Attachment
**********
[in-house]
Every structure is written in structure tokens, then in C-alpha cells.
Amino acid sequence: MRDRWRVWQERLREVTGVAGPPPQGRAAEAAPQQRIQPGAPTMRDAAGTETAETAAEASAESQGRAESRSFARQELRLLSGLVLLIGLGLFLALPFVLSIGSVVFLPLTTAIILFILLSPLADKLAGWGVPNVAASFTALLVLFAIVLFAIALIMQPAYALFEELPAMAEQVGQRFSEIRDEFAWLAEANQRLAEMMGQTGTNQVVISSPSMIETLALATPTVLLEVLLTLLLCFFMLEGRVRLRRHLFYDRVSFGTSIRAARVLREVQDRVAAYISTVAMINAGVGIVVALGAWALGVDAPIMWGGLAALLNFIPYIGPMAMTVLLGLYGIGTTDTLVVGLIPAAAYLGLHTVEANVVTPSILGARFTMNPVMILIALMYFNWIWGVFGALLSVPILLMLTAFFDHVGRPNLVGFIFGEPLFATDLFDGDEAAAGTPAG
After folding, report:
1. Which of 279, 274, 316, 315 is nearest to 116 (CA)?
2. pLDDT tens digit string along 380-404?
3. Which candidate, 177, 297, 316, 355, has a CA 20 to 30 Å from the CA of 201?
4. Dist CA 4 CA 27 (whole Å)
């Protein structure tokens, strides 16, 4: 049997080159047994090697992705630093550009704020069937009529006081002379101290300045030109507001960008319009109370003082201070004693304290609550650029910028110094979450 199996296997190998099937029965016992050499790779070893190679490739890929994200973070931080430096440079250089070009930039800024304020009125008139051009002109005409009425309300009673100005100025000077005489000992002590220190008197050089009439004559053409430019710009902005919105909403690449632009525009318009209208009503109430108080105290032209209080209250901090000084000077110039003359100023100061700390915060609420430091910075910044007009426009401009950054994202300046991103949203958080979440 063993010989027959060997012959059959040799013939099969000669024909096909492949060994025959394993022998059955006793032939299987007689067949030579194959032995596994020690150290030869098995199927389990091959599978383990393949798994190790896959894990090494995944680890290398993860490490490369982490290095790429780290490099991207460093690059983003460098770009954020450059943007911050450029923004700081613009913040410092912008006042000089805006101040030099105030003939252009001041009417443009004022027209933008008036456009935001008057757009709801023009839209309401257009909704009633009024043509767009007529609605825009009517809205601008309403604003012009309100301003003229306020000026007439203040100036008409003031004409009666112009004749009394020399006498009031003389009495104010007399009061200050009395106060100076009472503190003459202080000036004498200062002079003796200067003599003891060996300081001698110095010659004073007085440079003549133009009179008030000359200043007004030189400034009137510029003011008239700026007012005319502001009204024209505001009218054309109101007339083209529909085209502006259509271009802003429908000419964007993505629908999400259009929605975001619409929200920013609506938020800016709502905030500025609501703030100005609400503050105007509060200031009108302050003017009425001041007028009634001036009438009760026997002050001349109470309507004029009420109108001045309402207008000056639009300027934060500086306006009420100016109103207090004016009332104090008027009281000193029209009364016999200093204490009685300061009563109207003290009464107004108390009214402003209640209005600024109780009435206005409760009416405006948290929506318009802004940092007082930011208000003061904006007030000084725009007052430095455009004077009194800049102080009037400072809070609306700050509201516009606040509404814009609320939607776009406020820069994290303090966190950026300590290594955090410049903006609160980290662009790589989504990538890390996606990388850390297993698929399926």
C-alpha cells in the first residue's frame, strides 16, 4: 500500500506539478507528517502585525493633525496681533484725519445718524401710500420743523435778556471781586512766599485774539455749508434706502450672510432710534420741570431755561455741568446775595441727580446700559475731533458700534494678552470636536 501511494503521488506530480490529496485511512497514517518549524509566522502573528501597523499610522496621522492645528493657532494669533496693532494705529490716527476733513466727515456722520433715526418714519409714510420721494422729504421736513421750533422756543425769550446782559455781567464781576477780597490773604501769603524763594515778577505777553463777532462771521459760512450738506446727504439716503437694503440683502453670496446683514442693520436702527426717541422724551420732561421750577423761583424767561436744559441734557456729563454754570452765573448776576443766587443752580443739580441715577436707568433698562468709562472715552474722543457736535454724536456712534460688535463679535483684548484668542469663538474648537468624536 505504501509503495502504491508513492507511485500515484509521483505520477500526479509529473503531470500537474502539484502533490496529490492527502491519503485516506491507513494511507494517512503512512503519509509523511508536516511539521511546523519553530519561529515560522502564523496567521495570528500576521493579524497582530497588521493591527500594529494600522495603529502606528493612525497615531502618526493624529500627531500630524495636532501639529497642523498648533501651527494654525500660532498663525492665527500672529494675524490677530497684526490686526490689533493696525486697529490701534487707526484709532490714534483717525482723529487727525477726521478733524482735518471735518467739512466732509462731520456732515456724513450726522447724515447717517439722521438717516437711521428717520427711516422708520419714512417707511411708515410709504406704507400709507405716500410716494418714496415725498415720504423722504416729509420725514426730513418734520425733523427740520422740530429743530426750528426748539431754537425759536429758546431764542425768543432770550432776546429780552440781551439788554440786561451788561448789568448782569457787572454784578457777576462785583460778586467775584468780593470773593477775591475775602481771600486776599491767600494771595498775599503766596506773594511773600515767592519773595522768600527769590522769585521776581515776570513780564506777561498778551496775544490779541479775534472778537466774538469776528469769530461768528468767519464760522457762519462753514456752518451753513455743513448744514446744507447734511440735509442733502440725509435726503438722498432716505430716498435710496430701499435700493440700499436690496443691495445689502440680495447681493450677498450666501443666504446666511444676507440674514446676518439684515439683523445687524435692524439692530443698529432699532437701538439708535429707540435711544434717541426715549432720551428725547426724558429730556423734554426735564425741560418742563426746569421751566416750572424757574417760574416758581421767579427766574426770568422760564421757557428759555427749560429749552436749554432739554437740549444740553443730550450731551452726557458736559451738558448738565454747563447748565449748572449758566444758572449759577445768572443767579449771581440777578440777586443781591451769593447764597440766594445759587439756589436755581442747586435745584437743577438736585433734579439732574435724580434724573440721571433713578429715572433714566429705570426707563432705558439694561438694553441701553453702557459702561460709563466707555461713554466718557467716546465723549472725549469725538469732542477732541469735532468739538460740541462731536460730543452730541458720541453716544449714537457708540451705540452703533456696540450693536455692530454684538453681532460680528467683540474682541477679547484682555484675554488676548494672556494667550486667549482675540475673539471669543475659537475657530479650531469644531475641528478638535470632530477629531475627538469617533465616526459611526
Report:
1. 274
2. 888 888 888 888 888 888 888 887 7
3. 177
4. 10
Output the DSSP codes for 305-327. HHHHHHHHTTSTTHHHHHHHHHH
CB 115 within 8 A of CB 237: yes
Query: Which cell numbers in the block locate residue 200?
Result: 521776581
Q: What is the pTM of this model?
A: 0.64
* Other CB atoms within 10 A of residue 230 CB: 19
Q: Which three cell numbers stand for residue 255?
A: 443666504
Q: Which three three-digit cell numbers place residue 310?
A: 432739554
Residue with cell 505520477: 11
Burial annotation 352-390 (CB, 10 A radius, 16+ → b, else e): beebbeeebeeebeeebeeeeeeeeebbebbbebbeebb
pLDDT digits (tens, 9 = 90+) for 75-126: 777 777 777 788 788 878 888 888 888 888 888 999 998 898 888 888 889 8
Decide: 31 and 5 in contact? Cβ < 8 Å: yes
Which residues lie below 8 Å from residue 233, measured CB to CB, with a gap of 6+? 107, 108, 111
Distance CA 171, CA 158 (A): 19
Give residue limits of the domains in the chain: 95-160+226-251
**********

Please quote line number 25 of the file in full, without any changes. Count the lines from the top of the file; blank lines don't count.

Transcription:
Q: Which three three-digit cell numbers place residue 310?